It was famous for its dyeing and was a center of the indigotrade. Among the ancient ruins of the city, inscriptions have been found relating to the guild of dyers in the city. Indeed, more guilds are known in Thyatira than any other contemporary city in the Roman province of Asia (inscriptions mention the following: wool-workers, linen-workers, makers of outer garments, dyers, leather-workers, tanners, potters, bakers, slave-dealers, and bronze-smiths).



Book of Acts Account: All of chapter 16 (Acts 16:1-40)




  • Characterized by works, love, faith, ministry, patience
  • Last works greater than the first
  • Not all follow the teachings of Jezebel, nor know the deep things of Satan.


  • They allow Jezebel to teach and seduce the servants of Christ to commit fornication and eat things sacrificed to idols.


  • Repent of the works of Jezebel
  • The faithful were to hold fast what they had till Jesus came


  • Great tribulation for those who follow the works of Jezebel, unless they repent.
  • They will be judged according to their works.


  • Those who overcome and keep the works of Christ to the end, would be given authority over the nations.
  • Jesus will rule the nations.
  • They will be given the morning star.


Revelation 2:18-29 — (Thyatira)

(Rev 2:18) – 18 And to the angel of the church in Thyatira write: These things saith the Son of God, who hath his eyes like a flame of fire, and his feet are like unto burnished brass:


“to the angel”

(See commentary Rev 1:20 and Rev 2:1 – Ephesus)


“saith the Son of God”


Jesus is the unique Son of God, the Second Person of the Triune God: Father, Son, Holy Spirit — One God, yet exists as three Persons. It’s biblical error to describe God as revealing Himself in three different ways or modes. That view of God is known as modalism. But that’s not what the Bible teaches. It teaches that God is literally three Persons, not just three different modes through which He reveals Himself.


“eyes like a flame of fire, and his feet are like unto burnished brass”

(See commentary Rev 1:14-15)


(Rev 2:19) – 19 I know thy works, and thy love and faith and ministry and patience, and that thy last works are more than the first.


With “eyes” that sees all, Jesus sees the positives and the negatives of their assembly. Here He mentions the positives first. That’s a good example for us to follow. Whenever we find it necessary to confront someone for the sins or foolishness in their lives, it’s important that we first talk about the positives that we see. Doing so presents a balanced viewpoint of what we see in a person’s life, and that our meeting with this person is not about condemnation, but gracious warning. Furthermore, approaching someone like that immediately causes him or her to relax and not be put on the defensive right away. It makes them more open to hear what we have to say. If we approach people with all our guns blazing, it’s not likely to go very well.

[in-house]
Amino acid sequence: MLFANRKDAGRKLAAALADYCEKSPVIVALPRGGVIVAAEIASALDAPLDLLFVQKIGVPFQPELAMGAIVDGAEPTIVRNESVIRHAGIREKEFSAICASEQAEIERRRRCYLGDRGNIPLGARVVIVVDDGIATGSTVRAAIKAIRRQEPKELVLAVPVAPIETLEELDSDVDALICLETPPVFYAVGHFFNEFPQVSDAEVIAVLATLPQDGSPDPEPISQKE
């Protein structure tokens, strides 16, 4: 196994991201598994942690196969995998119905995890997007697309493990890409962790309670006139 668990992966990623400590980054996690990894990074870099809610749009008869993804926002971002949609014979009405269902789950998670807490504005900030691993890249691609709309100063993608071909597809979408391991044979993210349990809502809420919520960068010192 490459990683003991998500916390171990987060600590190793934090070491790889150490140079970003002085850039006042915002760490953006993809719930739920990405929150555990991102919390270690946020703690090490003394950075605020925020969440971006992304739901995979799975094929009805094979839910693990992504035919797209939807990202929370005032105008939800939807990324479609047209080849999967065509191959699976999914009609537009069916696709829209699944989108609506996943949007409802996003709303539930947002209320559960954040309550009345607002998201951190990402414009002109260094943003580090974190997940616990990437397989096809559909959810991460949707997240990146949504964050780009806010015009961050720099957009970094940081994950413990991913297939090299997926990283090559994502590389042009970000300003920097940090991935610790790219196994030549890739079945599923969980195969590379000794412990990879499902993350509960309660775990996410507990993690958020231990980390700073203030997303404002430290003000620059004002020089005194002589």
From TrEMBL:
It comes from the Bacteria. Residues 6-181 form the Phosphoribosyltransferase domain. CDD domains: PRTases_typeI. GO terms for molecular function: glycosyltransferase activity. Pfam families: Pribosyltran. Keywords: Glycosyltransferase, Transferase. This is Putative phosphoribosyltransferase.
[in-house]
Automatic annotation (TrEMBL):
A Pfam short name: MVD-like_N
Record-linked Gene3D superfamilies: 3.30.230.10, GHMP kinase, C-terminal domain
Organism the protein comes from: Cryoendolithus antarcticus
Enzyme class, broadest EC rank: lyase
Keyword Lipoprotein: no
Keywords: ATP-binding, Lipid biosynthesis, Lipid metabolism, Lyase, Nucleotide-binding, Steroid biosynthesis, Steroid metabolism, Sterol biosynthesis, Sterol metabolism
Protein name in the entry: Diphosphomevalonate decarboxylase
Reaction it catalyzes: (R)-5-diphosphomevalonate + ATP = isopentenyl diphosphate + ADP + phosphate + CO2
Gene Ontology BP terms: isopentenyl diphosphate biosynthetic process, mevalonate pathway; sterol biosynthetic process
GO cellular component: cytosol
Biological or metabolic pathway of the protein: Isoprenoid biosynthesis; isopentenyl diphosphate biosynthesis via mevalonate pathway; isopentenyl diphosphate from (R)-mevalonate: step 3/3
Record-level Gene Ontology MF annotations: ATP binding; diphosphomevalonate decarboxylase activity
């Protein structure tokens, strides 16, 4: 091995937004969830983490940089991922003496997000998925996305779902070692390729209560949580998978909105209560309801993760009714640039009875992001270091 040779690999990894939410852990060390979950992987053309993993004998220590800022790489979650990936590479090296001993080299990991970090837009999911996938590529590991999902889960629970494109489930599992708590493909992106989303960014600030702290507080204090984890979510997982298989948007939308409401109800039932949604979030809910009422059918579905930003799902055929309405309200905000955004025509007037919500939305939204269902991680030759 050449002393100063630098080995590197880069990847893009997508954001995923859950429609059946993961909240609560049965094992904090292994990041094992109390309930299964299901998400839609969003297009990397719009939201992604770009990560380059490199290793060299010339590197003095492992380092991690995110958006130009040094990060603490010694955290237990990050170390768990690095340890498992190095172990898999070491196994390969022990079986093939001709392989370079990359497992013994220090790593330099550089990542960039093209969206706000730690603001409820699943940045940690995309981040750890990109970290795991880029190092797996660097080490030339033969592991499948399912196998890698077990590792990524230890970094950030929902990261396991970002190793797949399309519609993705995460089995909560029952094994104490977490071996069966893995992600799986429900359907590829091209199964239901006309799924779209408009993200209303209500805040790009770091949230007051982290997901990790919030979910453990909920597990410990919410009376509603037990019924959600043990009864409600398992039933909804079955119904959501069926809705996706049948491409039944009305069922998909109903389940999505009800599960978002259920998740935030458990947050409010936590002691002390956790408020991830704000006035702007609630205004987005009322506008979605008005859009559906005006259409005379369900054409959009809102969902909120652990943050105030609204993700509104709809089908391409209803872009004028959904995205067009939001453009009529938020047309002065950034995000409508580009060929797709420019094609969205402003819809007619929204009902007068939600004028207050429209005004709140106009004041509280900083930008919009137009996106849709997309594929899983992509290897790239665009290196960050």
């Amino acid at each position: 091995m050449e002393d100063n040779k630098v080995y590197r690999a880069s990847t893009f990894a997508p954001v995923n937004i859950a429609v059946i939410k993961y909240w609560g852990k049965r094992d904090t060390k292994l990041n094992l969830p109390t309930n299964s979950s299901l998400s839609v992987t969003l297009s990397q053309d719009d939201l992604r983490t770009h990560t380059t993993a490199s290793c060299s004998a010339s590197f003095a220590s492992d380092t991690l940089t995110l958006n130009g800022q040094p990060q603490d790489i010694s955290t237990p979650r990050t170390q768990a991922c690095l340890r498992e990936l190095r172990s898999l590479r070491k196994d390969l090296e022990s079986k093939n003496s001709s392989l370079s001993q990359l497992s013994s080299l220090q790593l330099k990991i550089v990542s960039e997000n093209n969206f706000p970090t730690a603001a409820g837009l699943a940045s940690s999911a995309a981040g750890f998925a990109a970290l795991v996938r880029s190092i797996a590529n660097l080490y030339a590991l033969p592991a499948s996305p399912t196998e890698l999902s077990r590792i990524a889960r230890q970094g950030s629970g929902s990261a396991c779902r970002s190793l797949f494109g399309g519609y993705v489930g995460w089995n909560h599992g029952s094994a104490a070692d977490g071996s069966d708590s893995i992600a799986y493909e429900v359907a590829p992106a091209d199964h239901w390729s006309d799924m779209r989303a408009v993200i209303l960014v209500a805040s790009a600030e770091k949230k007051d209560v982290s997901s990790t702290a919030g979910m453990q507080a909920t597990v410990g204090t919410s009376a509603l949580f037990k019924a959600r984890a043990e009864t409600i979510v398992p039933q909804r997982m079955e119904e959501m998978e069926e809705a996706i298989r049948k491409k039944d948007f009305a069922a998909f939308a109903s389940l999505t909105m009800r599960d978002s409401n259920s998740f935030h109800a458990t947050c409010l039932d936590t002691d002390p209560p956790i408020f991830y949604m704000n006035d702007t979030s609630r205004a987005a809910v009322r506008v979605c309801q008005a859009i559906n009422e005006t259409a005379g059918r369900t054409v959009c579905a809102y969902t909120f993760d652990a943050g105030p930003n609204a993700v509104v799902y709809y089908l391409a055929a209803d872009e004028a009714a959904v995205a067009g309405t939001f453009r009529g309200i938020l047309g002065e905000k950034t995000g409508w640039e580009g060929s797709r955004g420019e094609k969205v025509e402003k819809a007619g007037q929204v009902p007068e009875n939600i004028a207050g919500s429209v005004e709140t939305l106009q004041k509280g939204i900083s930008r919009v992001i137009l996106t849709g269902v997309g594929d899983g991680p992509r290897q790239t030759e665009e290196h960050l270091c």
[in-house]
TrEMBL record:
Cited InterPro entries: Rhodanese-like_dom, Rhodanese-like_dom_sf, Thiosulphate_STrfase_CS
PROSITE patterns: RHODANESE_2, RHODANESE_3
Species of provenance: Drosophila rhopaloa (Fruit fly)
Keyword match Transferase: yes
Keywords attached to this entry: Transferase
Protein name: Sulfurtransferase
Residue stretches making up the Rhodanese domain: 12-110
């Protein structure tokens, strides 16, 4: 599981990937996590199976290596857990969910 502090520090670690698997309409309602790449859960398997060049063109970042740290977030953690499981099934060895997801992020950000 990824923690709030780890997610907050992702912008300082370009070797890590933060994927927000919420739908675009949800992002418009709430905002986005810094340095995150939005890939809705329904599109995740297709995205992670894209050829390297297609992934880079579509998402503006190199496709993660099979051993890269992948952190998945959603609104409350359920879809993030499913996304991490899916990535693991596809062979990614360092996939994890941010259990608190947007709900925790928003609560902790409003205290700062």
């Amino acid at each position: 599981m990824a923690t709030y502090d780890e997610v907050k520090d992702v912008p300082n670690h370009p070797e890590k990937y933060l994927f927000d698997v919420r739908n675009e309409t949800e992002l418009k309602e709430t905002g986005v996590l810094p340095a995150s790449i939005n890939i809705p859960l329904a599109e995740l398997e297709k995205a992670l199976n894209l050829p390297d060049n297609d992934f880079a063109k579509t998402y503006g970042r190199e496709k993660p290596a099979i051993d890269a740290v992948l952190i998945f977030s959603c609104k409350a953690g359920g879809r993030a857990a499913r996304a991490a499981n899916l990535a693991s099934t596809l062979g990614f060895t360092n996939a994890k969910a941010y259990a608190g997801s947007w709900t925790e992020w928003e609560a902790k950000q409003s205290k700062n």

“thy works”


“Works” refers to the things that we do. The church in Thyatira was a church that performed a lot of good things for the cause of Christ. In fact, their current works were “more than the first.” It’s one thing to talk about what we believe about Jesus, it’s another to put feet to what we profess. Works of the Christian faith will follow the profession of the Christian faith. In the book of Titus, Paul spoke much about good works.


“thy love”


Our love as Christians begins with our love for God. Those who know Jesus will show unmistakable love for Jesus. A genuine love for the Lord is a mark of genuine conversion. The Apostle John, in all of his books (to a lesser degree in Revelation), speaks much about love, especially 1 John. Quoting Jesus, John wrote the following:


(John 14:21) – 21 He that hath my commandments, and keepeth them, he it is that loveth me: and he that loveth me shall be loved of my Father, and I will love him, and will manifest myself unto him.


I love this verse. It happens to be one of my “life verses.” So much meaning here. The Lord reveals that it’s not enough to say, “I love Jesus.” Those who truly love Him, will walk in obedience to Him. Their lives will be characterized by a sincere devotion to Him. Those who profess a love for Christ, but are not seeking to live according to His will, are deceiving themselves. It reveals a false conversion.

I love the promise of this statement. Jesus said that He would reveal Himself to those who love Him (truly love Him). He does that through His Spirit and His Word and answered prayer and through the empowerment of the gifts He’s given to us. He may also reveal Himself in miraculous ways. Furthermore, I believe the degree to which Jesus reveals Himself, depends on the degree to which we love Him. God is found at the level in which we seek Him. Those who seek Him little, will find Him in like manner. Those who seek Him much, will find Him in like manner. Seeking Him little is equivalent to loving Him little. Seeking Him much is equivalent to loving Him much.

The Christians in the church in Thyatira, loved Jesus, but as a whole, it does not appear that they loved Him “much.” This is evident by what they allowed to go on in their church. Love means purity in all things. In the matter of doctrine, they did not keep their church pure of false teachers and false teaching. This is something we must guard against at all times. We will cover this more later.

Love begins with a love for the Lord, but loving the Lord means loving others. We can’t genuinely love Jesus while not loving others. This is especially true as it relates to fellow believers. John talks much about this in his epistle, 1 John. Here is a sample of what he says in that book: